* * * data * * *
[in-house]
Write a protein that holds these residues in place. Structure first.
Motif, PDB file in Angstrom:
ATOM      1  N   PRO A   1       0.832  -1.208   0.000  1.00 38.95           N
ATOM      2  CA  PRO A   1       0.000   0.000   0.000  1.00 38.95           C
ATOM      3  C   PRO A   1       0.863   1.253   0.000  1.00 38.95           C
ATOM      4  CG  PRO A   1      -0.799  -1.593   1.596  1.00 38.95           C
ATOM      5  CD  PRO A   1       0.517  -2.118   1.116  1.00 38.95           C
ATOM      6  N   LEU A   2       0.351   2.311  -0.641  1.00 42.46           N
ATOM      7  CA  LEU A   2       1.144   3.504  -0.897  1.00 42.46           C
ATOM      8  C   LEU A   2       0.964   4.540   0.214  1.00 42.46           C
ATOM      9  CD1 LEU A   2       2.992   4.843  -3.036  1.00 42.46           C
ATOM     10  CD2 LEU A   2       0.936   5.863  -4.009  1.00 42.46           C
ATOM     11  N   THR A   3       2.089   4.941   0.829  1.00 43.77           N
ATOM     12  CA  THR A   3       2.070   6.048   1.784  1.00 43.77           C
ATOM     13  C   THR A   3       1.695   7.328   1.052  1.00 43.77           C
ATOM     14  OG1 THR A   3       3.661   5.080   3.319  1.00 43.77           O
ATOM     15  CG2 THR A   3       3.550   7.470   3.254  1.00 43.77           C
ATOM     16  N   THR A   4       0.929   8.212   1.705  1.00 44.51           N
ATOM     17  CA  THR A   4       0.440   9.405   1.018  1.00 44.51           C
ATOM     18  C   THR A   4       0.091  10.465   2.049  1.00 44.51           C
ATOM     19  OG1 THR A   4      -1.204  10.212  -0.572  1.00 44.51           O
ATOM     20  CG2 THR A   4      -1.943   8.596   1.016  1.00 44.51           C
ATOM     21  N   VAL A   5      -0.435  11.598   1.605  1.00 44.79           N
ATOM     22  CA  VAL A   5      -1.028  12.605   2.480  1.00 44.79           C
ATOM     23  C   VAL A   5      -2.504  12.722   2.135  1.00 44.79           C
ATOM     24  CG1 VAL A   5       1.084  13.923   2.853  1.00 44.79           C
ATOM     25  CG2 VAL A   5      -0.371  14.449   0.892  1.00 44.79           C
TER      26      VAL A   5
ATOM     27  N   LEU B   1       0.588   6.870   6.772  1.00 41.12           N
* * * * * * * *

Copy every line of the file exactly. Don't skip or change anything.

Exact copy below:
[in-house]
Write a protein that holds these residues in place. Structure first.
Motif, PDB file in Angstrom:
ATOM      1  N   PRO A   1       0.832  -1.208   0.000  1.00 38.95           N
ATOM      2  CA  PRO A   1       0.000   0.000   0.000  1.00 38.95           C
ATOM      3  C   PRO A   1       0.863   1.253   0.000  1.00 38.95           C
ATOM      4  CG  PRO A   1      -0.799  -1.593   1.596  1.00 38.95           C
ATOM      5  CD  PRO A   1       0.517  -2.118   1.116  1.00 38.95           C
ATOM      6  N   LEU A   2       0.351   2.311  -0.641  1.00 42.46           N
ATOM      7  CA  LEU A   2       1.144   3.504  -0.897  1.00 42.46           C
ATOM      8  C   LEU A   2       0.964   4.540   0.214  1.00 42.46           C
ATOM      9  CD1 LEU A   2       2.992   4.843  -3.036  1.00 42.46           C
ATOM     10  CD2 LEU A   2       0.936   5.863  -4.009  1.00 42.46           C
ATOM     11  N   THR A   3       2.089   4.941   0.829  1.00 43.77           N
ATOM     12  CA  THR A   3       2.070   6.048   1.784  1.00 43.77           C
ATOM     13  C   THR A   3       1.695   7.328   1.052  1.00 43.77           C
ATOM     14  OG1 THR A   3       3.661   5.080   3.319  1.00 43.77           O
ATOM     15  CG2 THR A   3       3.550   7.470   3.254  1.00 43.77           C
ATOM     16  N   THR A   4       0.929   8.212   1.705  1.00 44.51           N
ATOM     17  CA  THR A   4       0.440   9.405   1.018  1.00 44.51           C
ATOM     18  C   THR A   4       0.091  10.465   2.049  1.00 44.51           C
ATOM     19  OG1 THR A   4      -1.204  10.212  -0.572  1.00 44.51           O
ATOM     20  CG2 THR A   4      -1.943   8.596   1.016  1.00 44.51           C
ATOM     21  N   VAL A   5      -0.435  11.598   1.605  1.00 44.79           N
ATOM     22  CA  VAL A   5      -1.028  12.605   2.480  1.00 44.79           C
ATOM     23  C   VAL A   5      -2.504  12.722   2.135  1.00 44.79           C
ATOM     24  CG1 VAL A   5       1.084  13.923   2.853  1.00 44.79           C
ATOM     25  CG2 VAL A   5      -0.371  14.449   0.892  1.00 44.79           C
TER      26      VAL A   5
ATOM     27  N   LEU B   1       0.588   6.870   6.772  1.00 41.12           N